(and it's really good !)
You can install on Debian/Ubuntu os with:
$ apt-get install fd
$ apt-get install fd-find or Go to [https://github.com/sharkdp/fd/releases](https://github.com/sharkdp/fd/releases) and take the good version for you EG: $ wget https://github.com/sharkdp/fd/releases/download/v7.5.0/fd_7.5.0_amd64.deb $ dpkg -i fd_7.5.0_amd64.deb
fd is designed to find entries in your filesystem. The most basic search you can perform is to run fd with a single argument: the search pattern.
For example, assume that you want to find an old script of yours (the name included netflix):
$ fd netfl $ Software/python/imdb-ratings/netflix-details.py
If called with just a single argument like this, fd searches the current directory recursively for any entries that contain the pattern netfl.
The search pattern is treated as a regular expression. Here, we search for entries that start with x and end with rc:
$ cd /etc $ fd '^x.*rc$' $ X11/xinit/xinitrc $ X11/xinit/xserverrc
If we want to search a specific directory, it can be given as a second argument to fd:
$ fd passwd /etc $ /etc/default/passwd $ /etc/pam.d/passwd $ /etc/passwd
fd can be called with no arguments. This is very useful to get a quick overview of all entries in the current directory, recursively (similar to ls -R):
$ cd fd/tests $ fd $ testenv $ testenv/mod.rs $ tests.rs
If you want to use this functionality to list all files in a given directory, you have to use a catch-all pattern such as . or ^:
$ fd . fd/tests/ $ testenv $ testenv/mod.rs $ tests.rs
Often, we are interested in all files of a particular type. This can be done with the -e (or --extension) option. Here, we search for all Markdown files in the fd repository:
$ cd fd $ fd -e md $ CONTRIBUTING.md $ README.md
The -e option can be used in combination with a search pattern:
$ fd -e rs mod $ src/fshelper/mod.rs $ src/lscolors/mod.rs $ tests/testenv/mod.rs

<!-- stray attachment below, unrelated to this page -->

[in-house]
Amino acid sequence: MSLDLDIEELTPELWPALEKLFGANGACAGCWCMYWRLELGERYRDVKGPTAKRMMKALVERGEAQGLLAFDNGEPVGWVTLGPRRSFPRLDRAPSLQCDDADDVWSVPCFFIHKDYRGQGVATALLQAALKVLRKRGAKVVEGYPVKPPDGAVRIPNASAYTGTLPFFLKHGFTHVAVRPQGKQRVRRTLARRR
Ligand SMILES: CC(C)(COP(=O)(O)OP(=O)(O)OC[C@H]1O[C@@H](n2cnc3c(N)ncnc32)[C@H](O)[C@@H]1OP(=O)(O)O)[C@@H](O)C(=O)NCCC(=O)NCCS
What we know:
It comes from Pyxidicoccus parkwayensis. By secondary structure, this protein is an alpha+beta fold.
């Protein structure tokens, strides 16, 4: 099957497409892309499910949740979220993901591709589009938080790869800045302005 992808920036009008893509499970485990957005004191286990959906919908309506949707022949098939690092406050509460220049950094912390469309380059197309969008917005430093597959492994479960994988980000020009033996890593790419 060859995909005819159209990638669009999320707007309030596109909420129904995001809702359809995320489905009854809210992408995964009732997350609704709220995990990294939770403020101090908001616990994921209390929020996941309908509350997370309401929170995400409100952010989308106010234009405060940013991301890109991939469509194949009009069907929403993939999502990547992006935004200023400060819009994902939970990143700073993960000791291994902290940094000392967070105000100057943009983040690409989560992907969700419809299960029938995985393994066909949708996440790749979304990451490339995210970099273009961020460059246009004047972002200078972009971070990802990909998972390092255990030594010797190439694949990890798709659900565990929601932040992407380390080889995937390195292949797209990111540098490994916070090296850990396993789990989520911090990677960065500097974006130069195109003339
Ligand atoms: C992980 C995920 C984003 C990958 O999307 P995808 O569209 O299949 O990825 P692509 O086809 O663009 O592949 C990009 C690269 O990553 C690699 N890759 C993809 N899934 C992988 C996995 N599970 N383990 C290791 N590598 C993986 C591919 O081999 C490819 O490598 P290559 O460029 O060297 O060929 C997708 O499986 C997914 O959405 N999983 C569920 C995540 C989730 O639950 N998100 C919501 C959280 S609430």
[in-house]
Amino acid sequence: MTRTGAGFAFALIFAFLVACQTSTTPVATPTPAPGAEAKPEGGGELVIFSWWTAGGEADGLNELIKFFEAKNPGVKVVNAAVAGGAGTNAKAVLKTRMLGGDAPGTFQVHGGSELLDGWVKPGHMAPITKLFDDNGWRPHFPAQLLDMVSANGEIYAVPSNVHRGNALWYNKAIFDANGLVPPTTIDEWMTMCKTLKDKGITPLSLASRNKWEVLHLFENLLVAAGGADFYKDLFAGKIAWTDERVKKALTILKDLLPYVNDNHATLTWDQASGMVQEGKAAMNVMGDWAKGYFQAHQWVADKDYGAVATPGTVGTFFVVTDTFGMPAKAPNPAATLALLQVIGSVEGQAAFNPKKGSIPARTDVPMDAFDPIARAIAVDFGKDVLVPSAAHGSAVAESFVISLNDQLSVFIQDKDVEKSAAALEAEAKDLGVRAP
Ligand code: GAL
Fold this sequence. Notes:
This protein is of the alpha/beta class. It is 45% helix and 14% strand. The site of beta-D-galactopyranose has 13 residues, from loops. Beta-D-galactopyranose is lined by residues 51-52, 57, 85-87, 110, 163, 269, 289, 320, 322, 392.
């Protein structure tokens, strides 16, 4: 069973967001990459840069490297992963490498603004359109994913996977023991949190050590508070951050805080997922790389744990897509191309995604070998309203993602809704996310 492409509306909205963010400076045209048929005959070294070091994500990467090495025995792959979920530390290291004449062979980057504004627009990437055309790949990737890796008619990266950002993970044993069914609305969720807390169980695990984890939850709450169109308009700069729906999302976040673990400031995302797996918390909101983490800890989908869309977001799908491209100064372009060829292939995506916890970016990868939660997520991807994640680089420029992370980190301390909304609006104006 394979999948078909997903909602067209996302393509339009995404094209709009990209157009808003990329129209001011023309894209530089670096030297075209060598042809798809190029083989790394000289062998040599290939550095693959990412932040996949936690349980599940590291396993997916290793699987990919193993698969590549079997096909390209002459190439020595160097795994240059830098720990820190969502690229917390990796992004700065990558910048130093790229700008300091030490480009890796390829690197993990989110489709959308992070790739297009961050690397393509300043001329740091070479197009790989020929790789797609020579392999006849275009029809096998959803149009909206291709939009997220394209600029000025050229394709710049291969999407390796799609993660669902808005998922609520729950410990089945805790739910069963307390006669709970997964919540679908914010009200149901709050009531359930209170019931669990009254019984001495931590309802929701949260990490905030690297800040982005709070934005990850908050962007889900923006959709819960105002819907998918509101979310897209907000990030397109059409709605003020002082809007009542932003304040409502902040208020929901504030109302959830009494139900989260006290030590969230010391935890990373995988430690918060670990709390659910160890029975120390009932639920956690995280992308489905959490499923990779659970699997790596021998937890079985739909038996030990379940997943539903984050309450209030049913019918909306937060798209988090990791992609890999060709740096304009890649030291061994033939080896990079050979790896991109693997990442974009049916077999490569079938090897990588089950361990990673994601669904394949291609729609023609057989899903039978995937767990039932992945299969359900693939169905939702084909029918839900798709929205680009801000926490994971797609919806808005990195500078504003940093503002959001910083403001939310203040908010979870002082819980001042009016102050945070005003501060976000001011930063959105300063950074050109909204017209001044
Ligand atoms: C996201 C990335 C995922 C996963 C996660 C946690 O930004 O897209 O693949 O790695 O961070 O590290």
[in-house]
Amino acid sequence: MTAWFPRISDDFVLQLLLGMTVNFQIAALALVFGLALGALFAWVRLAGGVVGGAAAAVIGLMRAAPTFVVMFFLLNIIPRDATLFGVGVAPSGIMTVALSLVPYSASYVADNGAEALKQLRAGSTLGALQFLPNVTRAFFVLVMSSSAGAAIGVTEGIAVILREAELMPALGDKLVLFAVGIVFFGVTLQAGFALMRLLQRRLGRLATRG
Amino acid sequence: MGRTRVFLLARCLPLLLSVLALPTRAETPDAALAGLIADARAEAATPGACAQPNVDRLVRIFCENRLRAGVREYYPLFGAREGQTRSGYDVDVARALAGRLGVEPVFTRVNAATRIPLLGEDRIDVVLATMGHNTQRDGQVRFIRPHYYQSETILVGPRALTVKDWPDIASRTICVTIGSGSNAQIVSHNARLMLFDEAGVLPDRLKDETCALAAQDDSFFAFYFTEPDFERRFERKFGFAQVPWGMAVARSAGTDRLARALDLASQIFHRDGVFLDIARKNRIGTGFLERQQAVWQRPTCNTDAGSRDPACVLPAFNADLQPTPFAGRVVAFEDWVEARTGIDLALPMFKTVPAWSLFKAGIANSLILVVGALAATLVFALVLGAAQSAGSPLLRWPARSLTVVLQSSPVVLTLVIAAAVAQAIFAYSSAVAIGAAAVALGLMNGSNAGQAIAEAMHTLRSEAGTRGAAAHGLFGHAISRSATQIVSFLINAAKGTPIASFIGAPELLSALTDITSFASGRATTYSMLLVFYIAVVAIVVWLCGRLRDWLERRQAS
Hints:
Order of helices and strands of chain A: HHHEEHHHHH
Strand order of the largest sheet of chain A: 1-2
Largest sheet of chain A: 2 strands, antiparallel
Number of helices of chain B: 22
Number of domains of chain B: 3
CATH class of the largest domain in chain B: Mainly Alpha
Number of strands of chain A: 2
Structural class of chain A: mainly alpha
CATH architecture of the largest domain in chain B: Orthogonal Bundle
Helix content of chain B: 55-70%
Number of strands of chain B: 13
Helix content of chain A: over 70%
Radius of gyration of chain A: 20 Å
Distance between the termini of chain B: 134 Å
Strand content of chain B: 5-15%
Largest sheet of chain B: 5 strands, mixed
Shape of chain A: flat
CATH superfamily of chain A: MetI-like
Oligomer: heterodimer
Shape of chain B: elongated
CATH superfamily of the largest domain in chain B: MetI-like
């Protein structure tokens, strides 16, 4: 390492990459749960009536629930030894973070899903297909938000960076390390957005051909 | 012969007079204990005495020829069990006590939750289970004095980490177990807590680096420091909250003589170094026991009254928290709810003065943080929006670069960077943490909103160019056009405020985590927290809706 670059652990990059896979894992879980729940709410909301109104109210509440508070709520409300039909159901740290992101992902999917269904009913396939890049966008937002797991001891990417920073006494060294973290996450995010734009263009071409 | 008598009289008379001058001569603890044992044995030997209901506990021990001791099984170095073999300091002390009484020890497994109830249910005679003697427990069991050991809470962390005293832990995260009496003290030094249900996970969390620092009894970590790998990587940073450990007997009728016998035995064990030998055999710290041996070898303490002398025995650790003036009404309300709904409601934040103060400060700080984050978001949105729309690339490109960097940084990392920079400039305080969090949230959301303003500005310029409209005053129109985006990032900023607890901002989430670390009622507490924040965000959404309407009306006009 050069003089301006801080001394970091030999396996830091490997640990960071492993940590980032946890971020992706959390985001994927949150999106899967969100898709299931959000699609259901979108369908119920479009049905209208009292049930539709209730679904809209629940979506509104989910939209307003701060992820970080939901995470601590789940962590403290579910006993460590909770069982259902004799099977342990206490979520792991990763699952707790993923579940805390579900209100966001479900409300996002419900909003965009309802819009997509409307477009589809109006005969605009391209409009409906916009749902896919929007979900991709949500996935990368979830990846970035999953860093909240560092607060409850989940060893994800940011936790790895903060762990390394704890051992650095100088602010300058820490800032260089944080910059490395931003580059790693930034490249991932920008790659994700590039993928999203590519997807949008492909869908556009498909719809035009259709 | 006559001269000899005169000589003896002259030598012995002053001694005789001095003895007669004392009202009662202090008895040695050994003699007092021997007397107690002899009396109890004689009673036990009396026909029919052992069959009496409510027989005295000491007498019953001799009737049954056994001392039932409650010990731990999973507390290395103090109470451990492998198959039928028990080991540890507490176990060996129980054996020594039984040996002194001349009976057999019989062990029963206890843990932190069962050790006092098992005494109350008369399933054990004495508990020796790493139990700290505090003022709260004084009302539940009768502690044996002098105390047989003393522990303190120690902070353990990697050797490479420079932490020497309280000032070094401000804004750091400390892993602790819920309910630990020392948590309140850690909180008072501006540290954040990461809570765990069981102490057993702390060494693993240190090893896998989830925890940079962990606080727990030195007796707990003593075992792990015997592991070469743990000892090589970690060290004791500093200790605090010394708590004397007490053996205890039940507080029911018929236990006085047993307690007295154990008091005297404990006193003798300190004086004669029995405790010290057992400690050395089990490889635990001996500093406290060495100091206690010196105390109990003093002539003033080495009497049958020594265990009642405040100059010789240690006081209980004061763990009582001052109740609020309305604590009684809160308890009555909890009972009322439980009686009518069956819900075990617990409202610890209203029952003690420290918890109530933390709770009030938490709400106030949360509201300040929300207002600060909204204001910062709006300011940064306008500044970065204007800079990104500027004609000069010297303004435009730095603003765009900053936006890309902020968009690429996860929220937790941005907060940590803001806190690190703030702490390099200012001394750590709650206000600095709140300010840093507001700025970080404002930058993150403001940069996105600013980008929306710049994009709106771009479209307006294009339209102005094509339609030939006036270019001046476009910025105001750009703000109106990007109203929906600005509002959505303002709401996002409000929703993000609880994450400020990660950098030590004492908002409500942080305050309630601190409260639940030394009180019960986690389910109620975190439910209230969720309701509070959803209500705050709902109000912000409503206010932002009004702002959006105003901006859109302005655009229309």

By default, fd does not search hidden directories and does not show hidden files in the search results. To disable this behavior, we can use the -H (or --hidden) option:
$ fd pre-commit $ fd -H pre-commit $ .git/hooks/pre-commit.sample
If we work in a directory that is a Git repository (or includes Git repositories), fd does not search folders (and does not show files) that match one of the .gitignore patterns.
To disable this behavior, we can use the -I (or --no-ignore) option:
$ fd num_cpu $ fd -I num_cpu $ target/debug/deps/libnum_cpus-f5ce7ef99006aa05.rlib
To really search all files and directories, simply combine the hidden and ignore features to show everything (-HI).
Excluding specific files or directories
Sometimes we want to ignore search results from a specific subdirectory.
For example, we might want to search all hidden files and directories (-H) but exclude all matches from .git directories. We can use the -E (or --exclude) option for this. It takes an arbitrary glob pattern as an argument:
$ fd -H -E .git …
We can also use this to skip mounted directories: $ fd -E /mnt/external-drive … .. or to skip certain file types: $ fd -E '*.bak' …
To make exclude-patterns like these permanent, you can create a .fdignore file. They work like .gitignore files, but are specific to fd. For example:
$ cat ~/.fdignore $ /mnt/external-drive $ *.bak
Note: fd also supports .ignore files that are used by other programs such as rg or ag. Using fd with xargs or parallel
If we want to run a command on all search results, we can pipe the output to xargs:
$ fd -0 -e rs | xargs -0 wc -l
Here, the -0 option tells fd to separate search results by the NULL character (instead of newlines). In the same way, the -0 option of xargs tells it to read the input in this way. Deleting files
You can use fd to remove all files and directories that are matched by your search pattern. If you only want to remove files, you can use the --exec-batch/-X option to call rm.
For example, to recursively remove all .DS_Store files, run:
$ fd -H '^\.DS_Store$' -tf -X rm